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Title: Revising the paradigm of control in repetitive production
Author: Woodcock, David John
Awarding Body: University of Warwick
Current Institution: University of Warwick
Date of Award: 1987
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This thesis is based on seven case studies from a wide range of industries. It challenges the traditional paradigm of control in production management practice and literature, proposing a revised paradigm bringing together the control and improvement processes and integrating them with corporate competitive strategy. The traditional paradigm leads to two possible states; 'in' and 'out of' control'. Which state is attained is dependent on the balance between the difficulty of the manufacturing task and production management's competence to exercise control; when the difficulty is greater than the competence production becomes 'out of control'. In the traditional paradigm production management seeks to maintain stability. The research shows that competition frequently leads to increases in the difficulty of the manufacturing task, which disturb this stability. I show that senior management does not adequately recognize the consequences of this difficulty on the state of control. The fieldwork demonstrates that production managers exercised control in terms of compliance to standards, with improvements being left to staff specialists, who tended to concentrate on new systems, or major revisions to existing practices. Neither group gave significant priority to making small incremental changes to the existing technology / systems. A revised paradigm is developed showing that control of production can be maintained in line with competitive pressures, by involving production management and workers in the improvement of the manufacturing system. At its best production then becomes a source of competitive advantage. The improvements are achieved via a programme of strategically directed continuous incremental changes executed on the shop floor. They come from analysis of 'shop floor' information used to reduce the complexity and uncertainty of the manufacturing task. These improvements complement the 'discrete' system changes accomplished by functional staff. The paradigm requires high levels of learning and problem solving skills by production management and workers. Three elements are identified within the revised paradigm which affect a company's rate of improvement; the existence of clear strategies for manufacturing, a coherent formal improvement plan and the provision of information to monitor and analyse improvements and control.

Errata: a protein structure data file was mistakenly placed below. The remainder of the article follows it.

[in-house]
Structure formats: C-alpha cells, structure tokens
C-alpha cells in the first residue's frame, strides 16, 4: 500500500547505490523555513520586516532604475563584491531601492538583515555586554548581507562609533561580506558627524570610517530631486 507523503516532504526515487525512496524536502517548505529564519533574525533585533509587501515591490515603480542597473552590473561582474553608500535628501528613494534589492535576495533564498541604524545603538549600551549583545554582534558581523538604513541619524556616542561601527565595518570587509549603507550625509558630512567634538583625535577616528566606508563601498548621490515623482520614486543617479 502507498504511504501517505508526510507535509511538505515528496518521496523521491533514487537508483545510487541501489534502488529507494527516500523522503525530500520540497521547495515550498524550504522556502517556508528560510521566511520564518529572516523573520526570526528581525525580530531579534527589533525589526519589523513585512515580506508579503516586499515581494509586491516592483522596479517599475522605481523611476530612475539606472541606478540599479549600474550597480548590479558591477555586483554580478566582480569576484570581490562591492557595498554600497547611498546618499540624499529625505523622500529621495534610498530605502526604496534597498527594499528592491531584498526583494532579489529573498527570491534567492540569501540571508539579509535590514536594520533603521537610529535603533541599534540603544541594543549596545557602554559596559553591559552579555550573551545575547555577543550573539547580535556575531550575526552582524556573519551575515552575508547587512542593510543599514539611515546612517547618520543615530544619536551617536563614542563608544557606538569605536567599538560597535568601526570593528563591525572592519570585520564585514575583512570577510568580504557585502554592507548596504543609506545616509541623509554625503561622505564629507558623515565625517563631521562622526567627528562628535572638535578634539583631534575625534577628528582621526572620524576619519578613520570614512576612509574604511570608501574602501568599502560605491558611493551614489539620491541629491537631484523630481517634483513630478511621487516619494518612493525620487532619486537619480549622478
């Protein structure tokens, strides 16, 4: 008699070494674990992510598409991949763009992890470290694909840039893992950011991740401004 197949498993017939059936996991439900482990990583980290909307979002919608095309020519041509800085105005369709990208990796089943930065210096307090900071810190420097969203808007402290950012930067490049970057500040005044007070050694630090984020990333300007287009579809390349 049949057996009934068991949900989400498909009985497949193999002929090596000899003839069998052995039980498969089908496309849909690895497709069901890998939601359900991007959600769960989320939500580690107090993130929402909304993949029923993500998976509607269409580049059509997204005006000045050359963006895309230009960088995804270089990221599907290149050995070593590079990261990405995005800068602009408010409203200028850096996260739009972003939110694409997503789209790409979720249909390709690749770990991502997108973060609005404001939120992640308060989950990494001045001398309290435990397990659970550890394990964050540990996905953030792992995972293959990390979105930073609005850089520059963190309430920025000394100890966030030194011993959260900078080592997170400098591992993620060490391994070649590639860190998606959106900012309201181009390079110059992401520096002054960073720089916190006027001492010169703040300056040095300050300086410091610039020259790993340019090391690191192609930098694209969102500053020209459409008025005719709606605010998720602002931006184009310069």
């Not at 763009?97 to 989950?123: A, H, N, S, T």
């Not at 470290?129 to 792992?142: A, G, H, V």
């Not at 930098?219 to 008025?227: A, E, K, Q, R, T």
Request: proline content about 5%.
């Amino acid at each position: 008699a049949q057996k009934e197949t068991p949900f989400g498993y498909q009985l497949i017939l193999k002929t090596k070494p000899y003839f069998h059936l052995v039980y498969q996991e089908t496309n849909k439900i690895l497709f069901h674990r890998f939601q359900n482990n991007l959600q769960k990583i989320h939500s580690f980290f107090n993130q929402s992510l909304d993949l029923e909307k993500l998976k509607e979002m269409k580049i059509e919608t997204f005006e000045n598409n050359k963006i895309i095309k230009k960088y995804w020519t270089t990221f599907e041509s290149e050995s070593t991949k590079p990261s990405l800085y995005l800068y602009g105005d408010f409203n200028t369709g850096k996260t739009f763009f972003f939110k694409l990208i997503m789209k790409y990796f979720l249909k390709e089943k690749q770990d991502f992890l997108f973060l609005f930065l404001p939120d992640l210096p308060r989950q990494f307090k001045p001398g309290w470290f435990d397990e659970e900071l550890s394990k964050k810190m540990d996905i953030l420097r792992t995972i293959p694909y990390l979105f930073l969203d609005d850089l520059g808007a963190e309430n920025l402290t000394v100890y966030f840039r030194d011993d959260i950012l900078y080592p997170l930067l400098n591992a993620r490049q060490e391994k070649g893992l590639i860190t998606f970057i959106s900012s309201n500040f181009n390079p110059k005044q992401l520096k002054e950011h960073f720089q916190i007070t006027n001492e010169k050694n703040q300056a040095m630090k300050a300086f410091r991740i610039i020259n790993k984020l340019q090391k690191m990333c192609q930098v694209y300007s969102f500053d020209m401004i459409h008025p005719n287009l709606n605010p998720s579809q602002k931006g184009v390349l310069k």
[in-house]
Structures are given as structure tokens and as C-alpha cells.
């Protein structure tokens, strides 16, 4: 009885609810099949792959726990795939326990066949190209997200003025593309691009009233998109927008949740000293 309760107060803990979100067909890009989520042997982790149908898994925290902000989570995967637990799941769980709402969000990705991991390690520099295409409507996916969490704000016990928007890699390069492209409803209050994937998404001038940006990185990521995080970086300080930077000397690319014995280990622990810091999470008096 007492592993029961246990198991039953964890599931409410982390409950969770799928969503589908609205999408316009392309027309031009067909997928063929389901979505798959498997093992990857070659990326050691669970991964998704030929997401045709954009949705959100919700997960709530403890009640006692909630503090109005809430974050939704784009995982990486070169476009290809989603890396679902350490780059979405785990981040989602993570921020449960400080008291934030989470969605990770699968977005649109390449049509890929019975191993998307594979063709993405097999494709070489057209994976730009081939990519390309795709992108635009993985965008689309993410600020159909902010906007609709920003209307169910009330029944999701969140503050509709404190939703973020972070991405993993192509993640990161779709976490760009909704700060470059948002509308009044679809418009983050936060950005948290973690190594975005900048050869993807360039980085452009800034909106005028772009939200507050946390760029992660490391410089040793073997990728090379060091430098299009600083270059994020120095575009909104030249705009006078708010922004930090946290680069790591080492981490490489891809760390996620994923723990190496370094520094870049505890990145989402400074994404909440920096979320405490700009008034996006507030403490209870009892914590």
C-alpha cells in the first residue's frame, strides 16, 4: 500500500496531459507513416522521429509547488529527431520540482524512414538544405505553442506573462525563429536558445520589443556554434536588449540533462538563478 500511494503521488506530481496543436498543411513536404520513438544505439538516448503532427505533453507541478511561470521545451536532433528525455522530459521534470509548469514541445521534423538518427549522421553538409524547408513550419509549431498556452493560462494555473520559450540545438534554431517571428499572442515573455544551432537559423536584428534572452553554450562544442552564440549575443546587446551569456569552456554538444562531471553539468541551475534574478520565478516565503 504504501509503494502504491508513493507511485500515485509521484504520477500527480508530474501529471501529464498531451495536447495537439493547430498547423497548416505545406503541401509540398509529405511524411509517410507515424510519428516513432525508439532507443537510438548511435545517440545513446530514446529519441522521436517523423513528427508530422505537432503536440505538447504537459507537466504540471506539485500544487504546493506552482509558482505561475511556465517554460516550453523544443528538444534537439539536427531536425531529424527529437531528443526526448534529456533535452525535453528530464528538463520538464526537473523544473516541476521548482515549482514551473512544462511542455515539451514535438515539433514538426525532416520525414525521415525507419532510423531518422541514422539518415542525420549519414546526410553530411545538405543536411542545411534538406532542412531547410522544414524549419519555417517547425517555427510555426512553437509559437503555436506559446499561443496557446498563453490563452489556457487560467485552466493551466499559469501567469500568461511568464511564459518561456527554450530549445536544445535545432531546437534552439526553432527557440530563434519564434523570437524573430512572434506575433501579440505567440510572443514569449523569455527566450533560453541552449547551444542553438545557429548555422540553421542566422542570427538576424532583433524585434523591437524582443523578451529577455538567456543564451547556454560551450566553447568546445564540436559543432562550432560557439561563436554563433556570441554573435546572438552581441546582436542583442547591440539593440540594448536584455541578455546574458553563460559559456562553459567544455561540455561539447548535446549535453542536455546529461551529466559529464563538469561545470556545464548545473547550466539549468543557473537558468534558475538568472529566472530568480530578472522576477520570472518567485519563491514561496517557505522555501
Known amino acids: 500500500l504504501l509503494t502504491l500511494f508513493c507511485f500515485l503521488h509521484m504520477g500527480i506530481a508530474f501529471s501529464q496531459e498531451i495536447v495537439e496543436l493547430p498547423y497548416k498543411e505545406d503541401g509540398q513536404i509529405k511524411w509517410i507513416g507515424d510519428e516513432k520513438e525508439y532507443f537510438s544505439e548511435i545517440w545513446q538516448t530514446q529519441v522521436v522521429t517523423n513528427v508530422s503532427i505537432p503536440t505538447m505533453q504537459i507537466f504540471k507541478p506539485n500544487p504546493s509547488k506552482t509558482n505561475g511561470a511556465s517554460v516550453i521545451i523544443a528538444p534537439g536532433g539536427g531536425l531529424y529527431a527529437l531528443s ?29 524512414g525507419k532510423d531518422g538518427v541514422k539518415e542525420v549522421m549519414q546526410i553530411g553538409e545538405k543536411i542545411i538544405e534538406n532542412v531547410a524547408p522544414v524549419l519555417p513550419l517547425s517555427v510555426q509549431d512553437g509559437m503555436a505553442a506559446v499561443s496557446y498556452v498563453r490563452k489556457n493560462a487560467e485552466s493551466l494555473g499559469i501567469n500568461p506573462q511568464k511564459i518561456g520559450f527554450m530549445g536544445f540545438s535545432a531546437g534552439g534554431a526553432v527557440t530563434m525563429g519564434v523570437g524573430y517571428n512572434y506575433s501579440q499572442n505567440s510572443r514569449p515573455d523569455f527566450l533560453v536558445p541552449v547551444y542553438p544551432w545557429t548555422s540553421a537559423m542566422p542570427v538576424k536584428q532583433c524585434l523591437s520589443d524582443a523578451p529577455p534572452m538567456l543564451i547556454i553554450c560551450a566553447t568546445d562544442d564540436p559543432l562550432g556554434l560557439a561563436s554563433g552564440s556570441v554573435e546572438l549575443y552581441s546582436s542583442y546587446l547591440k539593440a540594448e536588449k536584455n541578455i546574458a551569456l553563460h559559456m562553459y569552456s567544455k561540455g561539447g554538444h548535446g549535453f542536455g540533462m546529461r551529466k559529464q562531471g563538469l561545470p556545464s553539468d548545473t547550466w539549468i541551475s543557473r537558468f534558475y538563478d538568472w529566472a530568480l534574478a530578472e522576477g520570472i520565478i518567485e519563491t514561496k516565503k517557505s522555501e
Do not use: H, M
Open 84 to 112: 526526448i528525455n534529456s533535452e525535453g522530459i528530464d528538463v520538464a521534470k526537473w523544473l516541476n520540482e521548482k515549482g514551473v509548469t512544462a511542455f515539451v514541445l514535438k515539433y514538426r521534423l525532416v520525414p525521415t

Supervisor: Not available Sponsor: Not available
Qualification Name: Thesis (Ph.D.) Qualification Level: Doctoral
EThOS ID:  DOI: Not available
Keywords: HD Industries. Land use. Labor ; TS Manufactures